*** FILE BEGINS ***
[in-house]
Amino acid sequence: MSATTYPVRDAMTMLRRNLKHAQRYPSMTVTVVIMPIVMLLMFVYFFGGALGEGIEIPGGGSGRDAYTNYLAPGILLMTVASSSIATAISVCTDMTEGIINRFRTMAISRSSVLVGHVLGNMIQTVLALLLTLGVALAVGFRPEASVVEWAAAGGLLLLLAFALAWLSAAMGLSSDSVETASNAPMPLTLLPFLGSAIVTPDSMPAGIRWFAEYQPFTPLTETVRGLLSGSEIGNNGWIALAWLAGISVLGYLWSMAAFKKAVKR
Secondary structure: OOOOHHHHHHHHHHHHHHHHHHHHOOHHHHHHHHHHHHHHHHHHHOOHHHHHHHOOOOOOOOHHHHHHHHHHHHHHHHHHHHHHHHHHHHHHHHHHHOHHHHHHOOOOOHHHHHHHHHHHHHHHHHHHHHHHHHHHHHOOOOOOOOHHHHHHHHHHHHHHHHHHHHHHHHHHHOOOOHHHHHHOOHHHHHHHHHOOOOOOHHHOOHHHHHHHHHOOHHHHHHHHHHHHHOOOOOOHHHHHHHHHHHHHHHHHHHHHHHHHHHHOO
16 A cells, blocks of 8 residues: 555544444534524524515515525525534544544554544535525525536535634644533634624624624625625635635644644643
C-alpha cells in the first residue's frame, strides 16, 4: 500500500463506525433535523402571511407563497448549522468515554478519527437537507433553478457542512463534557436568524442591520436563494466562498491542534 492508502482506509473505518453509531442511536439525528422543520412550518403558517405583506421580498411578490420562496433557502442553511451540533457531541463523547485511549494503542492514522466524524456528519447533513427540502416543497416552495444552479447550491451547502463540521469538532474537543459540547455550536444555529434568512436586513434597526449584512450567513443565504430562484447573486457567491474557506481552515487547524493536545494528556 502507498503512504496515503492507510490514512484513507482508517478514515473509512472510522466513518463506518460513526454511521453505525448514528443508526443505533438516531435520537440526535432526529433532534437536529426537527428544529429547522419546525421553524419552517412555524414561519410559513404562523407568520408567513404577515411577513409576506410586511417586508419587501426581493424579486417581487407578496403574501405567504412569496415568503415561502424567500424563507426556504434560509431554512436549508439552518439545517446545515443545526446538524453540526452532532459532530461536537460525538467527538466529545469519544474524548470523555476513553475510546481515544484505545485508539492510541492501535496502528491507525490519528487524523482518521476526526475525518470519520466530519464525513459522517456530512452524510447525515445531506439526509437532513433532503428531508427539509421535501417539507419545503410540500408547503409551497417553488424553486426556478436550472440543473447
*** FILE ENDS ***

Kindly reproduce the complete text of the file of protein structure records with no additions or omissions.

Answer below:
[in-house]
Amino acid sequence: MSATTYPVRDAMTMLRRNLKHAQRYPSMTVTVVIMPIVMLLMFVYFFGGALGEGIEIPGGGSGRDAYTNYLAPGILLMTVASSSIATAISVCTDMTEGIINRFRTMAISRSSVLVGHVLGNMIQTVLALLLTLGVALAVGFRPEASVVEWAAAGGLLLLLAFALAWLSAAMGLSSDSVETASNAPMPLTLLPFLGSAIVTPDSMPAGIRWFAEYQPFTPLTETVRGLLSGSEIGNNGWIALAWLAGISVLGYLWSMAAFKKAVKR
Secondary structure: OOOOHHHHHHHHHHHHHHHHHHHHOOHHHHHHHHHHHHHHHHHHHOOHHHHHHHOOOOOOOOHHHHHHHHHHHHHHHHHHHHHHHHHHHHHHHHHHHOHHHHHHOOOOOHHHHHHHHHHHHHHHHHHHHHHHHHHHHHOOOOOOOOHHHHHHHHHHHHHHHHHHHHHHHHHHHOOOOHHHHHHOOHHHHHHHHHOOOOOOHHHOOHHHHHHHHHOOHHHHHHHHHHHHHOOOOOOHHHHHHHHHHHHHHHHHHHHHHHHHHHHOO
16 A cells, blocks of 8 residues: 555544444534524524515515525525534544544554544535525525536535634644533634624624624625625635635644644643
C-alpha cells in the first residue's frame, strides 16, 4: 500500500463506525433535523402571511407563497448549522468515554478519527437537507433553478457542512463534557436568524442591520436563494466562498491542534 492508502482506509473505518453509531442511536439525528422543520412550518403558517405583506421580498411578490420562496433557502442553511451540533457531541463523547485511549494503542492514522466524524456528519447533513427540502416543497416552495444552479447550491451547502463540521469538532474537543459540547455550536444555529434568512436586513434597526449584512450567513443565504430562484447573486457567491474557506481552515487547524493536545494528556 502507498503512504496515503492507510490514512484513507482508517478514515473509512472510522466513518463506518460513526454511521453505525448514528443508526443505533438516531435520537440526535432526529433532534437536529426537527428544529429547522419546525421553524419552517412555524414561519410559513404562523407568520408567513404577515411577513409576506410586511417586508419587501426581493424579486417581487407578496403574501405567504412569496415568503415561502424567500424563507426556504434560509431554512436549508439552518439545517446545515443545526446538524453540526452532532459532530461536537460525538467527538466529545469519544474524548470523555476513553475510546481515544484505545485508539492510541492501535496502528491507525490519528487524523482518521476526526475525518470519520466530519464525513459522517456530512452524510447525515445531506439526509437532513433532503428531508427539509421535501417539507419545503410540500408547503409551497417553488424553486426556478436550472440543473447